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Billions of pounds of taxpayers’ money earmarked for Boris Johnson’s flagship “levelling up” scheme risks being squandered on white elephants, an influential group of MPs have warned.

The Public Administration and Constitutional Affairs Committee said spending money on major new infrastructure projects “must not become an end in itself”.

The prime minister has pledged to double down on his promise to level up the economies of the midlands and the north to bring them in line with the south of England.

He is keen to be seen as on the side of voters in “red wall” seats, who switched from Labour to the Tories for the first time last December to hand him a parliamentary majority.

But there is growing unease among many Tory MPs about some high-profile infrastructure projects, including the HS2 rail link and the much-delayed Crossrail in London.

In a report published today, the committee warns that hundreds of billions of pounds set aside for new infrastructure projects could be wasted without better coordination, performance tracking and transparency.

William Wragg, the Conservative MP who chairs the committee, said: “Developing grand infrastructure projects must not become an end in itself and we must move away from the short-term view that measures the value of major projects in terms of whether they are finished on time and at the expected cost.”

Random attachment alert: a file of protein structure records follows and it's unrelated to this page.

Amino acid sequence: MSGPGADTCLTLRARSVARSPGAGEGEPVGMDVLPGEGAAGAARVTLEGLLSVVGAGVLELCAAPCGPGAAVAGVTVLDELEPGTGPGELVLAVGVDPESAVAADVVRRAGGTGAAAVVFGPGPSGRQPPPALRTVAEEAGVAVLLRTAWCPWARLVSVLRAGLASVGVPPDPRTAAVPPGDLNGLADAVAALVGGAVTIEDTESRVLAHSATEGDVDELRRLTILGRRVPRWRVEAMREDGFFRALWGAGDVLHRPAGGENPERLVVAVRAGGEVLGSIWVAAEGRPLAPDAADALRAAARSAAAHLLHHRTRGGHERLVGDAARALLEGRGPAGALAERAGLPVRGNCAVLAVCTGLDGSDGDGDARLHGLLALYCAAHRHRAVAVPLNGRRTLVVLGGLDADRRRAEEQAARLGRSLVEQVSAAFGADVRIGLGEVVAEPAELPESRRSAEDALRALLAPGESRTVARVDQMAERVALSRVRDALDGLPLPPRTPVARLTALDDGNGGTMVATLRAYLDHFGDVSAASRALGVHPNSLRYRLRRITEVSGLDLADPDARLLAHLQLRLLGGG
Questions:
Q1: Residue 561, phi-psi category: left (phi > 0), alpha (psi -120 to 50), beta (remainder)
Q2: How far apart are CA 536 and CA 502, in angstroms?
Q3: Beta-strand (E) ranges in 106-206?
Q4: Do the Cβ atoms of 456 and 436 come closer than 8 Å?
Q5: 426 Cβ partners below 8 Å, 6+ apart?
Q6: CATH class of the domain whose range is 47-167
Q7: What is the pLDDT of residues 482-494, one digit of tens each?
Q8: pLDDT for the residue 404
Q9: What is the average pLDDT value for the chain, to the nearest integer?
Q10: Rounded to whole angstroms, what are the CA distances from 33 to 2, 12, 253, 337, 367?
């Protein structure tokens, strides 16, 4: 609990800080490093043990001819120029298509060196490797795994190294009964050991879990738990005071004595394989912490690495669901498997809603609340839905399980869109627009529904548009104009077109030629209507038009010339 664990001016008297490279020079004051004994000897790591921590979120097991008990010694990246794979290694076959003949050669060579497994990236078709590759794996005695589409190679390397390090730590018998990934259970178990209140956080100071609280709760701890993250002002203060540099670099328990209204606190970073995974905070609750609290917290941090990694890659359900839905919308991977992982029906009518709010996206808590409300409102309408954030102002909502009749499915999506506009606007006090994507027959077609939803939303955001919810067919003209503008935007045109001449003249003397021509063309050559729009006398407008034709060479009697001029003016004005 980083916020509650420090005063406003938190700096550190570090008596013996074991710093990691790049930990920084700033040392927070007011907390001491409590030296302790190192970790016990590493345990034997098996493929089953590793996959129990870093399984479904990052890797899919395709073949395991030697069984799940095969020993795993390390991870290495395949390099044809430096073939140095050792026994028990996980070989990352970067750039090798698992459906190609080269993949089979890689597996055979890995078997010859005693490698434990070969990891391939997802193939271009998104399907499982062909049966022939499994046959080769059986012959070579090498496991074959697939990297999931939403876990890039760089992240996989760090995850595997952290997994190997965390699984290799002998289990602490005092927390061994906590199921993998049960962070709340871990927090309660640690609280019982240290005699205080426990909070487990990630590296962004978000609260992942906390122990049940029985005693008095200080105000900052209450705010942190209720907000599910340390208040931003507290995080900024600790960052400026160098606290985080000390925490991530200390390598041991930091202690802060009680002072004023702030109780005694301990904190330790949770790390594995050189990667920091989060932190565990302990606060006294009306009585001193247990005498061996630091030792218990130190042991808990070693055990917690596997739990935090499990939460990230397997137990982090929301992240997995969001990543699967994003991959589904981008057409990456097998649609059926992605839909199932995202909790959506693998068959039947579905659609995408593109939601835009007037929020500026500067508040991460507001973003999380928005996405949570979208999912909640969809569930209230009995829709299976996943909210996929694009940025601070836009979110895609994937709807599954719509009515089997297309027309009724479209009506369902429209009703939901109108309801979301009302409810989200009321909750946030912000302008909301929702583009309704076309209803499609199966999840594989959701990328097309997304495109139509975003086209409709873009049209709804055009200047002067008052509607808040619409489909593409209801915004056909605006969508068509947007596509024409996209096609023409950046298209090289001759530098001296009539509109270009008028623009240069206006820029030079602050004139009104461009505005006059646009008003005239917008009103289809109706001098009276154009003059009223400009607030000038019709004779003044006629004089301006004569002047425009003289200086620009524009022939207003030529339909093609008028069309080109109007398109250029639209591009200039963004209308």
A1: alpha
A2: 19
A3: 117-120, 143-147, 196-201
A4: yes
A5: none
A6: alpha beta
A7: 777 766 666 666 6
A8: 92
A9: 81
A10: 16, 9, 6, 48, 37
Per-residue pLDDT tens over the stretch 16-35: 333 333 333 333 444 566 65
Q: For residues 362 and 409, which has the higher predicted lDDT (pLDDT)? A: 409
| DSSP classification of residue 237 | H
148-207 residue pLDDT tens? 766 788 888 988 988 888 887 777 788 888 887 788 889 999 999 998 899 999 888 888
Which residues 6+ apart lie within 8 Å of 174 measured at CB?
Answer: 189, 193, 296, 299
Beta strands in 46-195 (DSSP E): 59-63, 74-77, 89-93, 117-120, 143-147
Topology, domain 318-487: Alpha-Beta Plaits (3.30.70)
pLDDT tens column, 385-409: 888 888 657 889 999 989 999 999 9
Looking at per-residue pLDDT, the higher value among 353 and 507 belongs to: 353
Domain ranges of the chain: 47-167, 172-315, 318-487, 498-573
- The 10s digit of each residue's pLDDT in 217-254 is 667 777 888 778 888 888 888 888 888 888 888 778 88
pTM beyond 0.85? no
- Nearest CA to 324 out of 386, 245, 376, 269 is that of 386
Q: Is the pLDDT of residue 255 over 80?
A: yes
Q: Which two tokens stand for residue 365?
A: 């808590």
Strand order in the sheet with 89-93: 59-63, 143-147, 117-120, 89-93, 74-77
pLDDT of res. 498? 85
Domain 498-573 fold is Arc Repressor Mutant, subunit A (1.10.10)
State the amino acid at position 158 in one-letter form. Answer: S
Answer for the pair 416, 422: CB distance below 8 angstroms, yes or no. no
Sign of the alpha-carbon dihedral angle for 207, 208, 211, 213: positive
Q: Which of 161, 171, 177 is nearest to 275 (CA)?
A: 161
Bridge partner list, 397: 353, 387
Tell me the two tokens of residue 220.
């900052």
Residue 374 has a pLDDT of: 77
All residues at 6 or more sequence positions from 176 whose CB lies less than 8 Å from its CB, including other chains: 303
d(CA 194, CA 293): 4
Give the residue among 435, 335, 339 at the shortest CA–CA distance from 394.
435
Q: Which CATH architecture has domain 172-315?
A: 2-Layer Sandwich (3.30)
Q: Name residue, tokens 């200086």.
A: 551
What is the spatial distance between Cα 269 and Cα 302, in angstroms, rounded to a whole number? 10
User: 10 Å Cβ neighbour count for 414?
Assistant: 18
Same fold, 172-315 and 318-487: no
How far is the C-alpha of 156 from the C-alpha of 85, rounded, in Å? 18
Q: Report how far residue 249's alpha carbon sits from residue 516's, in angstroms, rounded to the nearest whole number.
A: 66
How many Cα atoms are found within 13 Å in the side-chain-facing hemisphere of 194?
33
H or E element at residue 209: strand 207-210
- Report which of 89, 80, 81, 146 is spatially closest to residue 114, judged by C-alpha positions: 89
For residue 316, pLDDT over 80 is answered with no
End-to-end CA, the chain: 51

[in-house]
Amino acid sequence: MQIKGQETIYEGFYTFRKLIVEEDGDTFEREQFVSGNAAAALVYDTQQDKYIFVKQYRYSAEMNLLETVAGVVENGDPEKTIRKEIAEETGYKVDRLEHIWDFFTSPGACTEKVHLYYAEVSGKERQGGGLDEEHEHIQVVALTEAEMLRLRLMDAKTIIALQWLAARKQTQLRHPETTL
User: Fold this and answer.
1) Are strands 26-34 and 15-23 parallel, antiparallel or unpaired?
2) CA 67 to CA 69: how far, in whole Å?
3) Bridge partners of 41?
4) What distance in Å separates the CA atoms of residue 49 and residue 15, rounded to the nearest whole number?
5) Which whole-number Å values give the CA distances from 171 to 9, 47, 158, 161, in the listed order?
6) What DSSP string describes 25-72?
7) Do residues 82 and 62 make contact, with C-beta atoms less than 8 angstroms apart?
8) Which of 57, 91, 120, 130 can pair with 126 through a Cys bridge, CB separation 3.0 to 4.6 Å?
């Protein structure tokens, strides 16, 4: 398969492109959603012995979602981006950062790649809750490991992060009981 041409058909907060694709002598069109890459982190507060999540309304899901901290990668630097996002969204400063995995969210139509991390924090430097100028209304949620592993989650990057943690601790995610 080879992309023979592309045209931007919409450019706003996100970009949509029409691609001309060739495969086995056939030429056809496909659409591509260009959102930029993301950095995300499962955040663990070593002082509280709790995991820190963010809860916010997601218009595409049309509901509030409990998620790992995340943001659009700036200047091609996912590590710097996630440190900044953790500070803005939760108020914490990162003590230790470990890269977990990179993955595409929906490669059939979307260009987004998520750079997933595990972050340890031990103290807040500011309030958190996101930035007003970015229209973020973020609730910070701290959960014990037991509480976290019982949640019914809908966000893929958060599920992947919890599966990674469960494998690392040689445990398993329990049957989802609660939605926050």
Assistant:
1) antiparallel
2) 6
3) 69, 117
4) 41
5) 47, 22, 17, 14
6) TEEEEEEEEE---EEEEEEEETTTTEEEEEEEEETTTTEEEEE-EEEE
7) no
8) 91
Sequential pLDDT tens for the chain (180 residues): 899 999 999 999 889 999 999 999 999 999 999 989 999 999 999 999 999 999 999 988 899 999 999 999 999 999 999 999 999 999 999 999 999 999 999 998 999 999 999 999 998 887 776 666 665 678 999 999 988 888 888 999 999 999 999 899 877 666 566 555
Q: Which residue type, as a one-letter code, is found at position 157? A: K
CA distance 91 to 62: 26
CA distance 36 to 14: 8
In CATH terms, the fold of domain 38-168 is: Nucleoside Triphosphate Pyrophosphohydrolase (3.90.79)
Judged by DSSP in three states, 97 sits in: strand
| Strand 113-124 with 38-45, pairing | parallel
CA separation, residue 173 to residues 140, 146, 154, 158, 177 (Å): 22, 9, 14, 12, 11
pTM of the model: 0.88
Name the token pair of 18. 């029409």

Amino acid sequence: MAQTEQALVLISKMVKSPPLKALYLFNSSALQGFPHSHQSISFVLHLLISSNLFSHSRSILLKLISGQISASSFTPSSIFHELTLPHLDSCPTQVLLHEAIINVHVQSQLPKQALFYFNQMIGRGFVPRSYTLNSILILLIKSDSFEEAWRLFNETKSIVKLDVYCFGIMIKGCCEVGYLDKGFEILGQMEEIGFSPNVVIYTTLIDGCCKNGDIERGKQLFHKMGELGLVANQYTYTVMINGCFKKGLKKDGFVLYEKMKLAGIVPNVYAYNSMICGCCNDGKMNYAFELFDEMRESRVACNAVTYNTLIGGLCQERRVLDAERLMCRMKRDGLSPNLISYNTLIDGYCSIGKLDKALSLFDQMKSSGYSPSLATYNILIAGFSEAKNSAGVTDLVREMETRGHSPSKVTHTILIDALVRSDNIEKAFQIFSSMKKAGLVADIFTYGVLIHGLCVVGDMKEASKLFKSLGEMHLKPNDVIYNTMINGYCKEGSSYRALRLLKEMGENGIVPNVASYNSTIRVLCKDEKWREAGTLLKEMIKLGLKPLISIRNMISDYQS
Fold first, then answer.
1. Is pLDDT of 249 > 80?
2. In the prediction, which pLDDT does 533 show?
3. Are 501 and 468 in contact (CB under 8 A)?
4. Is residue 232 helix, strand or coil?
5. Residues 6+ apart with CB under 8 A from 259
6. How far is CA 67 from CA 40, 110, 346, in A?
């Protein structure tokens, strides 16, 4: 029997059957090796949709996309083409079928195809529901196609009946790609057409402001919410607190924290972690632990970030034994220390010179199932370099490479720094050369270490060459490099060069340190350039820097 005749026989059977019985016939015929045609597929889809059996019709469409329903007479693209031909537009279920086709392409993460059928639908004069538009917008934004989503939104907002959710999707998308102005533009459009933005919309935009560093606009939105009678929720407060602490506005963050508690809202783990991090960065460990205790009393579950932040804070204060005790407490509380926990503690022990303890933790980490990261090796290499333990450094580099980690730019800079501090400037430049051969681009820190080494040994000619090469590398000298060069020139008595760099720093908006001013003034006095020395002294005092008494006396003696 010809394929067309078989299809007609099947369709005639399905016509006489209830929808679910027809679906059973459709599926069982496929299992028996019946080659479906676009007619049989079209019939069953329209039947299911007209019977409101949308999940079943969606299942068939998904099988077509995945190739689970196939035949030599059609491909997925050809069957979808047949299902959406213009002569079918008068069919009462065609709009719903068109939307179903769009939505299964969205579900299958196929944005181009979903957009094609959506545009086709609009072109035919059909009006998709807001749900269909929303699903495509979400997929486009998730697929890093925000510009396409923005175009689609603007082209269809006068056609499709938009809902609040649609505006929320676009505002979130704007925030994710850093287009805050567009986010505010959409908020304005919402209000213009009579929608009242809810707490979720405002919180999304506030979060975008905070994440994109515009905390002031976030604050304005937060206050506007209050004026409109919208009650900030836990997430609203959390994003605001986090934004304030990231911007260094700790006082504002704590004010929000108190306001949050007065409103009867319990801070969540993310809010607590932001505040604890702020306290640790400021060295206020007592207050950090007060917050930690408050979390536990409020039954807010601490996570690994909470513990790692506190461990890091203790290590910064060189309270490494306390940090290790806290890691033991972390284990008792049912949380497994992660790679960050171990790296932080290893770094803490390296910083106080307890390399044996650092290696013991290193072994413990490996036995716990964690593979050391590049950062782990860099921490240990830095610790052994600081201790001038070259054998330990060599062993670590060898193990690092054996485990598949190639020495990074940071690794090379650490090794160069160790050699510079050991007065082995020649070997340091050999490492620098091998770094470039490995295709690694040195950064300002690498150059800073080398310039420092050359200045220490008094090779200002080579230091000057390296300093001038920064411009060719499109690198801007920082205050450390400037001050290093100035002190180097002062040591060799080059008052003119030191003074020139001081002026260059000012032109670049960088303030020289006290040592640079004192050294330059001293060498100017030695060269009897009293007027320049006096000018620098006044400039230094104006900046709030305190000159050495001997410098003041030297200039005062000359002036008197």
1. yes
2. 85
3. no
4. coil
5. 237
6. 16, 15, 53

Instead ministers should focus on “how much they deliver the benefits they set out to achieve”, he said.

He also called on the government to set out what “levelling up” meant in practice and how it would be achieved.

After December’s general election, the government announced its intention to boost the economy through investment in infrastructure.

This was followed by an announcement of £640bn in investment for projects across the UK, as well as a further £5bn in coronavirus “bounce back” investment.

David Renard, the Local Government Association planning spokesman, said the committee was “absolutely right to say the government’s infrastructure projects need to be more responsive to local need, with local support and local input”.

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